- Variants in PIK3CA (Exon7, 9, 20)
- Detection of BRAFV600E and V600K mutations in Melanoma
- Detection of ABL Kinase mutations for drug response (Exon 4, 5, 6,7)
- Detection of variants in TPMT (TPMT2*, TPMT3A*TPMT3C*)
DPYD testing for Treatment with 5-fluorouracil treatment (10 Variants)
An enzyme known as dihydropyrimidine dehydrogenase (DPYD) is encoded by the DPYD gene. This enzyme is important for the metabolism of fluoropyrimidine drugs including fluorouracil/5-FU and capecitabine. For certain cancers, including head and neck, gastrointestinal and colorectal cancers, these medications are all part of chemotherapy treatment. As a result of reduced DPYD activity, mutations or variations in DPYD are known to cause significant 5-FU toxicity. Before beginning their treatment protocol, patients who are candidates for therapy with fluorouracil or capecitabine should be considered for DPYD genotyping, especially if the patients have a personal or family history of 5-FU toxicity.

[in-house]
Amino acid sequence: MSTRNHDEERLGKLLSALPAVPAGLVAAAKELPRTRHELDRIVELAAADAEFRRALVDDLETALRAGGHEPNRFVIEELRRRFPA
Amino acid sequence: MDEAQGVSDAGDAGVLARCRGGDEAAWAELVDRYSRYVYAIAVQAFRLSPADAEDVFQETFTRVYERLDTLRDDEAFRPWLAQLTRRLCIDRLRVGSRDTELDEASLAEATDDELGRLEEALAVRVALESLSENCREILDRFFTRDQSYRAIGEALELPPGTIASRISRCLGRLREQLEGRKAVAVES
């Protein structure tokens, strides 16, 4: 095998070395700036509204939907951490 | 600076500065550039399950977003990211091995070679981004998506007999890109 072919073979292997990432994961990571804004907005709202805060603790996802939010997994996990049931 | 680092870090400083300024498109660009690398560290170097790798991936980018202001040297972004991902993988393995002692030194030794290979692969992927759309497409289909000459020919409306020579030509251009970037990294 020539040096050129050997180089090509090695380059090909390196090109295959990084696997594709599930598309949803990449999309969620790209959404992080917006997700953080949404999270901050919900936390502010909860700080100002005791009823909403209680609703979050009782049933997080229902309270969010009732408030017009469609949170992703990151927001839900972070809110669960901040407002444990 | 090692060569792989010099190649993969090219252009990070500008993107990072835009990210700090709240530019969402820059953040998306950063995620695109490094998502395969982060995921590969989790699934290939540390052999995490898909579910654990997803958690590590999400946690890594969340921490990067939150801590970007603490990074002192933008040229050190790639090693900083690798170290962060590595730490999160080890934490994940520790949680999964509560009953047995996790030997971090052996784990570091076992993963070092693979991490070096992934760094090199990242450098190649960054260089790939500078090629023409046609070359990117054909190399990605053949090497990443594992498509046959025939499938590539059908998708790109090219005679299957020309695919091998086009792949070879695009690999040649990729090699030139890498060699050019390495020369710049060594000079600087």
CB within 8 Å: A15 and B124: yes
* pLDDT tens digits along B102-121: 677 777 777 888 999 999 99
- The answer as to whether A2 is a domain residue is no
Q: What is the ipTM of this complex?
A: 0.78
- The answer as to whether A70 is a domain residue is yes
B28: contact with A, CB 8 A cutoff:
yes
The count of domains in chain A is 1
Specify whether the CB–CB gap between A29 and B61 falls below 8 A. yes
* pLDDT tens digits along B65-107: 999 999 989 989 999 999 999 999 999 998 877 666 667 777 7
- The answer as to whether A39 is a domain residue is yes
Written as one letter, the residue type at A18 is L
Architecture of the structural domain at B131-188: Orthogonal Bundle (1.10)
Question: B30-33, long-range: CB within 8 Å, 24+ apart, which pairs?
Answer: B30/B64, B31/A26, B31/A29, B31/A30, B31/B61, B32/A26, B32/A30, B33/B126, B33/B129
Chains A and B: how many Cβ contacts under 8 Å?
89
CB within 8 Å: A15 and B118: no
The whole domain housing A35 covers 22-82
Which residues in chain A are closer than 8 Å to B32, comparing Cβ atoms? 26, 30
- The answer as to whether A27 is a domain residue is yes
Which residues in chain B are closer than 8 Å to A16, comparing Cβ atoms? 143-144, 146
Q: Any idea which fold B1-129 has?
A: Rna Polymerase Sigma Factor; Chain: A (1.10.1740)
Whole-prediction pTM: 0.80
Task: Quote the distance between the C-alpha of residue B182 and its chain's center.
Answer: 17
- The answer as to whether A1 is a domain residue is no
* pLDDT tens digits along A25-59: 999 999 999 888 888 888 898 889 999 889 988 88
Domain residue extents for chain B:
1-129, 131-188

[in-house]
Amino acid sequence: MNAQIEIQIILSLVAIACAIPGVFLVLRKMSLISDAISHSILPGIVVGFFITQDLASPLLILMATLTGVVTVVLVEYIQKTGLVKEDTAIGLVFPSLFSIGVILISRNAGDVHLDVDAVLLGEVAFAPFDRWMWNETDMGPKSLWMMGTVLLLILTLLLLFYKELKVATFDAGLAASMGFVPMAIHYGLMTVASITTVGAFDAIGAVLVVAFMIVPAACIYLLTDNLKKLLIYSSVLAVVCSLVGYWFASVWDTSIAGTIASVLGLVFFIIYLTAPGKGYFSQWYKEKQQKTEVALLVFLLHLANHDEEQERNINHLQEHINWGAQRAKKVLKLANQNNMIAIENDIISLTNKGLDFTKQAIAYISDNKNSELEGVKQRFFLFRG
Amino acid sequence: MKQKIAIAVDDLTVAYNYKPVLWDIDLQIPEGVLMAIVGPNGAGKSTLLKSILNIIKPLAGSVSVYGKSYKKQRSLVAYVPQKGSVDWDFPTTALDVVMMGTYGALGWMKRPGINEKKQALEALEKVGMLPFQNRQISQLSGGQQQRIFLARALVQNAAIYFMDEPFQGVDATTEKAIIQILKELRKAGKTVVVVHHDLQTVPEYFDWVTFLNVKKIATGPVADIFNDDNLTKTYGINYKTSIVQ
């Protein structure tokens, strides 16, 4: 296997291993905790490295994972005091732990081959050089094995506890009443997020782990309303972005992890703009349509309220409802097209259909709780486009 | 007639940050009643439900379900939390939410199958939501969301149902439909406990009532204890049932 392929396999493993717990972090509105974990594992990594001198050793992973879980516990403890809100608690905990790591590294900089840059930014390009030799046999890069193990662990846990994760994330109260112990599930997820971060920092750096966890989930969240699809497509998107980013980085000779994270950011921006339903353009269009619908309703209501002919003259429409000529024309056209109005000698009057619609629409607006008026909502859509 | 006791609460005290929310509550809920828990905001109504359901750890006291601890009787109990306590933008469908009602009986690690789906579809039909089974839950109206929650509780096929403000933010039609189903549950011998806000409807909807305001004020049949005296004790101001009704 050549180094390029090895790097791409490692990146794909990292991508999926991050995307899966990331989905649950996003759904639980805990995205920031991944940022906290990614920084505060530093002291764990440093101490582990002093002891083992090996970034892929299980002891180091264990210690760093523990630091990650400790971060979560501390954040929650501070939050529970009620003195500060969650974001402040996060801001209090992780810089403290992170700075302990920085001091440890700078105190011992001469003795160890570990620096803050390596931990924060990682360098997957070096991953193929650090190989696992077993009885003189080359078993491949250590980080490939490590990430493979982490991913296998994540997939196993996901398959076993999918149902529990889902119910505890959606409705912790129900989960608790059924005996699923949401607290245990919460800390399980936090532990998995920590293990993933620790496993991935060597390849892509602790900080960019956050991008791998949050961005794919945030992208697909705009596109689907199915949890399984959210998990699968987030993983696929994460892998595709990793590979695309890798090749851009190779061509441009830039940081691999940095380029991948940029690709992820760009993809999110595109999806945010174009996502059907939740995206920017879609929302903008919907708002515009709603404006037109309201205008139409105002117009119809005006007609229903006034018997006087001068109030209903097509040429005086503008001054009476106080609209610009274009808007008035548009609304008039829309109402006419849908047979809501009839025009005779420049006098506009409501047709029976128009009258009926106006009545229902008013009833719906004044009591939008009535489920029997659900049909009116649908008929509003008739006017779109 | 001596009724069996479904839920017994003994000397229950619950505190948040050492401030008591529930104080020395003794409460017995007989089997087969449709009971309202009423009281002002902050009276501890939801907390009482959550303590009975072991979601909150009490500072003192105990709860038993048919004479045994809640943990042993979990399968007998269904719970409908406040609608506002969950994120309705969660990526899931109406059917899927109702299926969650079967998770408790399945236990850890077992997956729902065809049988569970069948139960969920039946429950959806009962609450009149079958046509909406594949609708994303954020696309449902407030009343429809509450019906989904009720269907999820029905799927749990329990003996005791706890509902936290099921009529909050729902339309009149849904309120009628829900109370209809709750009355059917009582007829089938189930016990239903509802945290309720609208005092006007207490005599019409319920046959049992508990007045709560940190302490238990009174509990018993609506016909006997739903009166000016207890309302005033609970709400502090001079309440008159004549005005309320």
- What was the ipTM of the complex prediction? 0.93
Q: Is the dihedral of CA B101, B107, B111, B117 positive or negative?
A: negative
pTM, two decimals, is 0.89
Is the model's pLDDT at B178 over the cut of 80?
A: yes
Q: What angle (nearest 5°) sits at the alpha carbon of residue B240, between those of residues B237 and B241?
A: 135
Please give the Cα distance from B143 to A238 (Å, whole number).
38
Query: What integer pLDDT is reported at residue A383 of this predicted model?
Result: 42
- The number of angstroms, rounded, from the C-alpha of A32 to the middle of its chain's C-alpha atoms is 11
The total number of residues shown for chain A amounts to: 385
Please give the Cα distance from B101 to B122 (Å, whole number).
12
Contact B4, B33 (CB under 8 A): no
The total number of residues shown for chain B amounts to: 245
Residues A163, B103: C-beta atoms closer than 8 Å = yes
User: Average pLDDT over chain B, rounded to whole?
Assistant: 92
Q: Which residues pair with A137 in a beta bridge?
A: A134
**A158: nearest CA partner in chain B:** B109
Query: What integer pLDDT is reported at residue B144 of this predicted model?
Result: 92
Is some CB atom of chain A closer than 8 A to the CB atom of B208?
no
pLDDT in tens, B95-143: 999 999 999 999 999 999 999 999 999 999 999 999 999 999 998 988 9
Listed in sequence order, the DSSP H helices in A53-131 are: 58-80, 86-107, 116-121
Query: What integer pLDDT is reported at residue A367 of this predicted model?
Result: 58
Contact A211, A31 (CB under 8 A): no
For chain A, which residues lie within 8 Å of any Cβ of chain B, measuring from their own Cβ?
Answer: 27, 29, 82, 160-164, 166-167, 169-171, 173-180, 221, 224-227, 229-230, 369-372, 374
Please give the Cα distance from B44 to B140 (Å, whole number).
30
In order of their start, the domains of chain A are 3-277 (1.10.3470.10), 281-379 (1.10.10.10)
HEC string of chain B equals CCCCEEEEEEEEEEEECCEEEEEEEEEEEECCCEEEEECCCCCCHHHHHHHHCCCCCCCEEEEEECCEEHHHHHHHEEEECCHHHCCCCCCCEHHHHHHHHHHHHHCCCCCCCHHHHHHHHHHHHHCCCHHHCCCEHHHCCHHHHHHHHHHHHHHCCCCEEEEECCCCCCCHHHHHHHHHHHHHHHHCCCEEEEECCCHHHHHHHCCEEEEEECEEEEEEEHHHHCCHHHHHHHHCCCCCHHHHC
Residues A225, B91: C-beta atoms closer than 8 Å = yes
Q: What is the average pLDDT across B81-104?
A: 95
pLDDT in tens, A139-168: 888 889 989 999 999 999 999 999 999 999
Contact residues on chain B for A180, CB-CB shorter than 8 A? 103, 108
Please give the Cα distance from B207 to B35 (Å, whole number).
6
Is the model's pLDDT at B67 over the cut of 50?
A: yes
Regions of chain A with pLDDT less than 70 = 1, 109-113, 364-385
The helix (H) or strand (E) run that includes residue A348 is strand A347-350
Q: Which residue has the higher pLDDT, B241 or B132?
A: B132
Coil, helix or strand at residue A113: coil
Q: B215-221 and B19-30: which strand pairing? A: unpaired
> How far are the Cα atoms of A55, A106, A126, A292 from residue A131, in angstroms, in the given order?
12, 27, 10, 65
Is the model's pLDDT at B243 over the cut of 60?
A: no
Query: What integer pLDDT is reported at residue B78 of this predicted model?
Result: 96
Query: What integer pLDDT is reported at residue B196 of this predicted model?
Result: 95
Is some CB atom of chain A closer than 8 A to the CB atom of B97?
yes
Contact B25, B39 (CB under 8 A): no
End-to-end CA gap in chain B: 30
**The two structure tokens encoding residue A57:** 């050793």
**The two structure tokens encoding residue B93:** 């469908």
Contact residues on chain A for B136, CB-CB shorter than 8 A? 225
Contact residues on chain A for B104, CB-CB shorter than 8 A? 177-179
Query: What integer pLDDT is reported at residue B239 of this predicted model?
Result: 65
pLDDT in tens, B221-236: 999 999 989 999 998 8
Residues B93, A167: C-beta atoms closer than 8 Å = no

UGT1A1 for Irinotecan therapy (3 variants)
UGTs play a major role in the conjugation and subsequent elimination of xenobiotics and endogenous compounds which are potentially toxic. A hepatic enzyme responsible for bilirubin conjugation encodes the UGT1A1 gene. It also acts on the active metabolite, the primary cause of treatment-related toxicity of chemotherapeutic agents including irinotecan, which is used in the treatment of colorectal and gastric cancers. The lengths in the promoter region of the UTG1A1 gene of the repeat polymorphism are determined using Sanger Sequencing by fragment analysis.
Glioblastoma IDH1 and IDH2 Mutations
In around 15-20 % of acute myeloid leukaemia (AML), IDH1 or IDH2 mutations are observed and grade II or III brain gliomas of > 70 percent. It is possible that patients with AML and mutations aggressive cancer, while glioma mutations are associated with improved prognosis. For patients with IDH1, long term survival after aggressive tumour resection has been confirmed beneficial astrocytomas. Bi-directional sequencing in both IDH1 and IDH2 of the hotspot regions of the exon 4 mutation. Genes IDH1 and IDH2 are analysed simultaneously. Testing can be done for haematological diseases to boost sensitivity which is being performed on plasma.